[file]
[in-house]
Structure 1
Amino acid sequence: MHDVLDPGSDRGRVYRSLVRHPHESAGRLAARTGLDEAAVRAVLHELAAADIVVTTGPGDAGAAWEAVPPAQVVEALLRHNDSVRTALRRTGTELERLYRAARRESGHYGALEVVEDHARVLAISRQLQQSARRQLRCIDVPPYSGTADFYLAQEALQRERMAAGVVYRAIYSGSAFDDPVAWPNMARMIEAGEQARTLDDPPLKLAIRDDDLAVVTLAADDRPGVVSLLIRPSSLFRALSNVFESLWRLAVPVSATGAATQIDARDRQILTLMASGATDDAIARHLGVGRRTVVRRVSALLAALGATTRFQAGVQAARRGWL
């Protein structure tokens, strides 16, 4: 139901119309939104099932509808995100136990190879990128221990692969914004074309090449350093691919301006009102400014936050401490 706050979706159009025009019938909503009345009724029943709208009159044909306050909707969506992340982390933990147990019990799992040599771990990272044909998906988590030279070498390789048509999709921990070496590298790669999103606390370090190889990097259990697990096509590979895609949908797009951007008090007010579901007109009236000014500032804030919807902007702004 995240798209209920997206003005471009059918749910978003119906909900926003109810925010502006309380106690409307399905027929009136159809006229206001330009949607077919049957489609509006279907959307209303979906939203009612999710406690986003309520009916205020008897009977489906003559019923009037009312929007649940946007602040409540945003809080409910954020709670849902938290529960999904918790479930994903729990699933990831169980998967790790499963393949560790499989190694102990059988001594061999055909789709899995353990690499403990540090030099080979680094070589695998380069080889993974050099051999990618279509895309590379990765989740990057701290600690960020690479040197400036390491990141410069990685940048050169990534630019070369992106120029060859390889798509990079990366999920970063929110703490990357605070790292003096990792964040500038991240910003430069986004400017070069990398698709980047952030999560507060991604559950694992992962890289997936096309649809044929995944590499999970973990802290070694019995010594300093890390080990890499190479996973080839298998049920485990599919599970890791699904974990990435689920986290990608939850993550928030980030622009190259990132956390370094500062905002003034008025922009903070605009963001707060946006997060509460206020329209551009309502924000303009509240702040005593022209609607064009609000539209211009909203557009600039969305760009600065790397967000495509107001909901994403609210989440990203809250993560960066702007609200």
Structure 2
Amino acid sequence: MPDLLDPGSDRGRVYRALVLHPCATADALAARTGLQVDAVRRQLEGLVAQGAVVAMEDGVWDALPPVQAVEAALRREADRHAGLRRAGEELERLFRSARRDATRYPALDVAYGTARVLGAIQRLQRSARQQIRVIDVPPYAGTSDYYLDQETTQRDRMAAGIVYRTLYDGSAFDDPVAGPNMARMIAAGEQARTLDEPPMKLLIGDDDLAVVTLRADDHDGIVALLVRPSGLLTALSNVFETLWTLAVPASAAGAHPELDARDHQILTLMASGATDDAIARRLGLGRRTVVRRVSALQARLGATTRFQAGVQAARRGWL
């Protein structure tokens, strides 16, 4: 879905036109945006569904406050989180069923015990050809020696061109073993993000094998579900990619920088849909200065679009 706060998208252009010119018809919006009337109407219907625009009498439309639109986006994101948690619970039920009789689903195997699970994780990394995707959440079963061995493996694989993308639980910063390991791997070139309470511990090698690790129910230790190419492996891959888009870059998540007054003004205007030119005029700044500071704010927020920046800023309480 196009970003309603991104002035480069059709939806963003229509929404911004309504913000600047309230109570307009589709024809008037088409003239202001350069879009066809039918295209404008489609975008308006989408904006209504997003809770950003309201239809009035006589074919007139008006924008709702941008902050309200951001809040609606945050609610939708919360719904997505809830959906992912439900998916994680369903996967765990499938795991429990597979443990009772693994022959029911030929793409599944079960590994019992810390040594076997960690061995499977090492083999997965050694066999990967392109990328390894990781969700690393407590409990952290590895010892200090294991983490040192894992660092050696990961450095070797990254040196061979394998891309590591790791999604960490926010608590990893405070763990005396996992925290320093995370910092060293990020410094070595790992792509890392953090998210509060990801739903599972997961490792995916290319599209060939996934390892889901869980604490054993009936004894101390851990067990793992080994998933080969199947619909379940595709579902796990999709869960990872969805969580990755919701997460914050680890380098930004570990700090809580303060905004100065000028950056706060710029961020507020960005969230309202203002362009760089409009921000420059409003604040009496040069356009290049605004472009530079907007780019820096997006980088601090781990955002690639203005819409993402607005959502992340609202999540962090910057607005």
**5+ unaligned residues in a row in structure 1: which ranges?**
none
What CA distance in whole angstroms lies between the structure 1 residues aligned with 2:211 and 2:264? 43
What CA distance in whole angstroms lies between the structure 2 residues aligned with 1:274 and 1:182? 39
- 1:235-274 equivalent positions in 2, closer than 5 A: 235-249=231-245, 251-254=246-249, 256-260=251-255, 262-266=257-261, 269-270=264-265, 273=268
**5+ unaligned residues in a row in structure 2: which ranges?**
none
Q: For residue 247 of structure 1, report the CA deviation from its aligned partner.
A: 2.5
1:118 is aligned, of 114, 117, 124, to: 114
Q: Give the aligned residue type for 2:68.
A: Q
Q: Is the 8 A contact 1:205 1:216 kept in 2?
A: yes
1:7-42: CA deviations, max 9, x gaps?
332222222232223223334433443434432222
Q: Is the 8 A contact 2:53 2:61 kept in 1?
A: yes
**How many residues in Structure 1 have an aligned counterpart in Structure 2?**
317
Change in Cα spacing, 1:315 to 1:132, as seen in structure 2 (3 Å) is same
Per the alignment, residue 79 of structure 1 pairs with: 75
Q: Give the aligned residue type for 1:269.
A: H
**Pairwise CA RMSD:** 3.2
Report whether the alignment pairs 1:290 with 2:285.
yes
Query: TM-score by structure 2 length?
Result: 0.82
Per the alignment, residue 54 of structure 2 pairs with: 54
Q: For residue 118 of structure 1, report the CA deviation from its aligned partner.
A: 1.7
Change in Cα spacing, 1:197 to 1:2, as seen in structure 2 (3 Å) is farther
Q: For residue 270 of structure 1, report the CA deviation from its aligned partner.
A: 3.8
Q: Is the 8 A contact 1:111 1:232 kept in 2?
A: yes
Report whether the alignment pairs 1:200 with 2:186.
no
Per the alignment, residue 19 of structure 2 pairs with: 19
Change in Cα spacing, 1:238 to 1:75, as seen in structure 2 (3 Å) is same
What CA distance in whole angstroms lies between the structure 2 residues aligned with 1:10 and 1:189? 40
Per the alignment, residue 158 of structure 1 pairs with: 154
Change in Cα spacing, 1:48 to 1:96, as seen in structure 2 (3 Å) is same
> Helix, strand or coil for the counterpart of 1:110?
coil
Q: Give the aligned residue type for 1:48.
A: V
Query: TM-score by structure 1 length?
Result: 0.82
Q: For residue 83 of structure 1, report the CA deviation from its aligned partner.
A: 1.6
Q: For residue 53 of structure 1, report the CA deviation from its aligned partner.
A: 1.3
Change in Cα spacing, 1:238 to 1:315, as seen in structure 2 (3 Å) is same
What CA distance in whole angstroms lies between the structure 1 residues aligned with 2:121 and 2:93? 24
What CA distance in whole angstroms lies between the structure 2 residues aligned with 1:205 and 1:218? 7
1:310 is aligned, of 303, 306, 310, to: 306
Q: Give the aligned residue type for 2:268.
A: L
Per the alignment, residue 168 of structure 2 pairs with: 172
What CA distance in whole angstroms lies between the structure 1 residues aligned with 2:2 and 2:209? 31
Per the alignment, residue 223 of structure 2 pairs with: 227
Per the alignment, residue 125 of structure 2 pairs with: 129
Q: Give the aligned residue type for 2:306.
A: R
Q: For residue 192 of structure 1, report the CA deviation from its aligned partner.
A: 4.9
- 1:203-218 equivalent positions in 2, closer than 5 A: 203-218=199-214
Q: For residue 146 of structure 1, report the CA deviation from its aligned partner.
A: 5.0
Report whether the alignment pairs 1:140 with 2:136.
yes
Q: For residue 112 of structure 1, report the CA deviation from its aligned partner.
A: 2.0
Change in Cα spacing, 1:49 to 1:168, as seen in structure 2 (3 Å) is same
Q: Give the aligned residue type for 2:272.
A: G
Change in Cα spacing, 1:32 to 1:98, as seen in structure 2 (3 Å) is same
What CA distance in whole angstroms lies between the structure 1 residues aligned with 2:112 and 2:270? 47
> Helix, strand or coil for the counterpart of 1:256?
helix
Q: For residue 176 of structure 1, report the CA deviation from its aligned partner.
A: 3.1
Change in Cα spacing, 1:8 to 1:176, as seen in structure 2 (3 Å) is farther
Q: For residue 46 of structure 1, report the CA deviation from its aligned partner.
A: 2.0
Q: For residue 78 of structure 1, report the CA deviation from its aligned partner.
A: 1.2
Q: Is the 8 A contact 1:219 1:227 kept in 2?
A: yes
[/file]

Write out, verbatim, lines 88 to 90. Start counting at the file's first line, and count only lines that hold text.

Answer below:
> Helix, strand or coil for the counterpart of 1:256?
helix
Q: For residue 176 of structure 1, report the CA deviation from its aligned partner.